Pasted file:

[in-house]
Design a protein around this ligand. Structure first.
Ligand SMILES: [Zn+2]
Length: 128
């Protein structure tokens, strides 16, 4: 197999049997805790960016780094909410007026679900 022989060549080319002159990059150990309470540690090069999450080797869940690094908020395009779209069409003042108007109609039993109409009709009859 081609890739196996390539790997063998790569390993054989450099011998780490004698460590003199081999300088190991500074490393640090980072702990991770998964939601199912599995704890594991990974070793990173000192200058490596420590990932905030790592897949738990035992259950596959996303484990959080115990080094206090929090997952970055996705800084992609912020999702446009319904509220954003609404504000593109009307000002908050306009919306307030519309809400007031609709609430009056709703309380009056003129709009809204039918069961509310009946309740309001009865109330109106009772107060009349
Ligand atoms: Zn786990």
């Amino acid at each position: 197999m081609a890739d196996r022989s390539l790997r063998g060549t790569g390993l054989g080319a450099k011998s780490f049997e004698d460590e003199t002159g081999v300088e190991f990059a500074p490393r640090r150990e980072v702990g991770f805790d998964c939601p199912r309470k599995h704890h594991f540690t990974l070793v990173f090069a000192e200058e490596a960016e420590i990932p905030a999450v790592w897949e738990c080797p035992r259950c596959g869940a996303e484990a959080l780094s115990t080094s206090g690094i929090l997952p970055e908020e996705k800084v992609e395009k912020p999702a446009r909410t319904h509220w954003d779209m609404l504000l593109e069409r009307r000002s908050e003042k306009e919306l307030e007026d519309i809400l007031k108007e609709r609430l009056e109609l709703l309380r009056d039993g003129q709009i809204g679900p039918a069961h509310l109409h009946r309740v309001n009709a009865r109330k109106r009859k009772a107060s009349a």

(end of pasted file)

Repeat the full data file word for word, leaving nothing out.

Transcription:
[in-house]
Design a protein around this ligand. Structure first.
Ligand SMILES: [Zn+2]
Length: 128
């Protein structure tokens, strides 16, 4: 197999049997805790960016780094909410007026679900 022989060549080319002159990059150990309470540690090069999450080797869940690094908020395009779209069409003042108007109609039993109409009709009859 081609890739196996390539790997063998790569390993054989450099011998780490004698460590003199081999300088190991500074490393640090980072702990991770998964939601199912599995704890594991990974070793990173000192200058490596420590990932905030790592897949738990035992259950596959996303484990959080115990080094206090929090997952970055996705800084992609912020999702446009319904509220954003609404504000593109009307000002908050306009919306307030519309809400007031609709609430009056709703309380009056003129709009809204039918069961509310009946309740309001009865109330109106009772107060009349
Ligand atoms: Zn786990």
């Amino acid at each position: 197999m081609a890739d196996r022989s390539l790997r063998g060549t790569g390993l054989g080319a450099k011998s780490f049997e004698d460590e003199t002159g081999v300088e190991f990059a500074p490393r640090r150990e980072v702990g991770f805790d998964c939601p199912r309470k599995h704890h594991f540690t990974l070793v990173f090069a000192e200058e490596a960016e420590i990932p905030a999450v790592w897949e738990c080797p035992r259950c596959g869940a996303e484990a959080l780094s115990t080094s206090g690094i929090l997952p970055e908020e996705k800084v992609e395009k912020p999702a446009r909410t319904h509220w954003d779209m609404l504000l593109e069409r009307r000002s908050e003042k306009e919306l307030e007026d519309i809400l007031k108007e609709r609430l009056e109609l709703l309380r009056d039993g003129q709009i809204g679900p039918a069961h509310l109409h009946r309740v309001n009709a009865r109330k109106r009859k009772a107060s009349a």